AKT and ERK signalling pathways are associated with MAT2B knockdown in TNBC cells

We further investigated intracellular signalling pathways using western blot analysis. Knockdown of MAT2B reduced the expression of p-ERK1/2 and p-AKT (Figure 4A). However, MAT2B knockdown did not affect the expression of AKT or ERK1/2 (Figure 4A). We were able to induce downregulation of p-AKT and p-ERK1/2 in MDA-MB-231 cells using the p-AKT inhibitor MK-2206 and the p-ERK1/2 inhibitor U0126 (Figure 4A). Additionally, MTT, colony formation, and wound healing assays showed that both MK-2206 and U0126 partially inhibited the proliferation and migration of MDA-MB-231 cells (Figure 4BD). Our TUNEL and caspase-3 activity assays showed that both MK-2206 and U0126 partially induced apoptosis of MDA-MB-231 cells (Figure 4E and F).

Figure 4 AKT and ERK signalling pathways are associated with MAT2B knockdown in TNBC cells. (A) MDA-MB-231 cells were treated with control shRNA, MAT2B shRNA, U0126, or MK2206, then harvested for western blots analyses. The data are from densitometric experiments illustrating P-AKT, AKT, P-ERK, and ERK protein expression in cells. (B) Cells were treated with control shRNA, MAT2B shRNA, U0126, or MK2206, then subjected to cell proliferation analyses. (C) Cells were treated with control shRNA, MAT2B shRNA, U0126, or MK2206, then subjected to a colony formation assay. (D) Cells were treated with control shRNA, MAT2B shRNA, U0126, or MK2206, then subjected to a wound-healing assay. (E, F) Cells were treated with control shRNA, MAT2B, shRNA, U0126, or MK2206, then subjected to TUNEL and caspase-3 activity assays. *p<0.05, **p<0.01.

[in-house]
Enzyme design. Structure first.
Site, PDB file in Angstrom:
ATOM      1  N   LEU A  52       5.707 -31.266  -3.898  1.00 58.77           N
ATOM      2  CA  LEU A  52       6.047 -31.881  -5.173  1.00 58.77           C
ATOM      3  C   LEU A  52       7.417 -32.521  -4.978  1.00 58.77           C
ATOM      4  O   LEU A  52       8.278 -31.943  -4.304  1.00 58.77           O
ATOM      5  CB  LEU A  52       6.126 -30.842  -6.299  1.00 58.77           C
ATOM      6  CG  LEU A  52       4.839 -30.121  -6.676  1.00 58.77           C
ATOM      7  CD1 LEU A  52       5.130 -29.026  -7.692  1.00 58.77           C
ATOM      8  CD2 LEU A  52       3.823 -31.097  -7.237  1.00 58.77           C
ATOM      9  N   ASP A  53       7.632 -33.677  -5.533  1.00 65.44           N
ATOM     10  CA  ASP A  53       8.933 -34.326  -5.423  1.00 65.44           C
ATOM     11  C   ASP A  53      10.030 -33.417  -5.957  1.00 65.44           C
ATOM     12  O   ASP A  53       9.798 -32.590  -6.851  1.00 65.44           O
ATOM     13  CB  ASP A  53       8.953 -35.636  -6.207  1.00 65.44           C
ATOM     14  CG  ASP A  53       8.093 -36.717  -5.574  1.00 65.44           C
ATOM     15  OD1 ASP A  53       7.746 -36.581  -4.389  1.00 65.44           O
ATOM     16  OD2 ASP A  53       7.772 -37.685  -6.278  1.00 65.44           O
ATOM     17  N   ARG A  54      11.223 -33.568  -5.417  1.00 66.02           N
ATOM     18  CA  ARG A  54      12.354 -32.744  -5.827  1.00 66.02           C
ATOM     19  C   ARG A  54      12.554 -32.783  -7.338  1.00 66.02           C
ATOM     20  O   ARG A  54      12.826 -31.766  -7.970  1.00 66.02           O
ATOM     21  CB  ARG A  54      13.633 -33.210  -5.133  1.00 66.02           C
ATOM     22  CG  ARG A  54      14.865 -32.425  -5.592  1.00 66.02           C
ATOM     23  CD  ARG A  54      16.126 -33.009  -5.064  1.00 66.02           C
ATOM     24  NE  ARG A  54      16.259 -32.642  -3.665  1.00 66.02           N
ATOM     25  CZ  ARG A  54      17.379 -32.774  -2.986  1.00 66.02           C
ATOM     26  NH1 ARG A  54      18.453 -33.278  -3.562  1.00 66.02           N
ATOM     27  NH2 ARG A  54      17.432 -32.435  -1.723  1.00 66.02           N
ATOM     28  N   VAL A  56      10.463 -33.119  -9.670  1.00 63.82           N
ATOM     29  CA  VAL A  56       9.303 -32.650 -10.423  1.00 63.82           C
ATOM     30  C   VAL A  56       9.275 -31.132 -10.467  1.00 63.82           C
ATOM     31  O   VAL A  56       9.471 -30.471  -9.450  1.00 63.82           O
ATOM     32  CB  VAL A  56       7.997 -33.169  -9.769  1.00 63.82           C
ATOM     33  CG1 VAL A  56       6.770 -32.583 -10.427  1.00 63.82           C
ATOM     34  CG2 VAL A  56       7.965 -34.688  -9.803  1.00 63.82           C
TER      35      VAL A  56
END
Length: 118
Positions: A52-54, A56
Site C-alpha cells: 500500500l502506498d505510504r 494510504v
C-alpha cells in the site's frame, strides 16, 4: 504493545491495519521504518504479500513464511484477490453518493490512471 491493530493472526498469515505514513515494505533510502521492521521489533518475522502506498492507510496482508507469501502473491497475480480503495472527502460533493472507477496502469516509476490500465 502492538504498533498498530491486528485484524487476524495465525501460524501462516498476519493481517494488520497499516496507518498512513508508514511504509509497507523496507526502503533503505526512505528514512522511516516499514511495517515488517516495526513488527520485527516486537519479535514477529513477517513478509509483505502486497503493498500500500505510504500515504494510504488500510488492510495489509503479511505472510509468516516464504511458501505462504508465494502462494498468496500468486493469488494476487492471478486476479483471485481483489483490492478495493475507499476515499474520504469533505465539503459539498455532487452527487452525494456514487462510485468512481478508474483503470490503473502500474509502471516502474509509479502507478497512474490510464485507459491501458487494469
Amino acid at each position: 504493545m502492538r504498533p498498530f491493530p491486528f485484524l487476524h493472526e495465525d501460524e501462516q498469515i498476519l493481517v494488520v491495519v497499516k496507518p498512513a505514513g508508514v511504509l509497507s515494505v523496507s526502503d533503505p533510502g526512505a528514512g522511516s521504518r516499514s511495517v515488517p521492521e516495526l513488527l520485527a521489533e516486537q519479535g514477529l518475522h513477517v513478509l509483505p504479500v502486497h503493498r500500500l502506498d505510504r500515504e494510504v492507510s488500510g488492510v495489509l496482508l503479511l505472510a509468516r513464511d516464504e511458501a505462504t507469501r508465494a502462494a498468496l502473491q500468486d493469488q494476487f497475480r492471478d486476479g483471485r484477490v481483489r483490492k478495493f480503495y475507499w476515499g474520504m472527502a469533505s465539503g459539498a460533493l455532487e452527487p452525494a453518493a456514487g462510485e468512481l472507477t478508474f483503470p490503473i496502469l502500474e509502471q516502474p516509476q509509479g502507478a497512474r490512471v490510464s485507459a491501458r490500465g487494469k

MAT2B downregulation delays tumour growth in vivo

To investigate whether MAT2B is involved in tumour growth in vivo, a transplanted tumour model was established by subcutaneously injecting MDA-MB-231, infected by shCtrl or shMAT2B lentivirus, into nude mice. Tumours were identified in each group and used for further analysis. The shMAT2B group formed smaller and lighter tumours than the shCtrl group (Figure 5A and B). Tumour growth curves are shown in Figure 5A.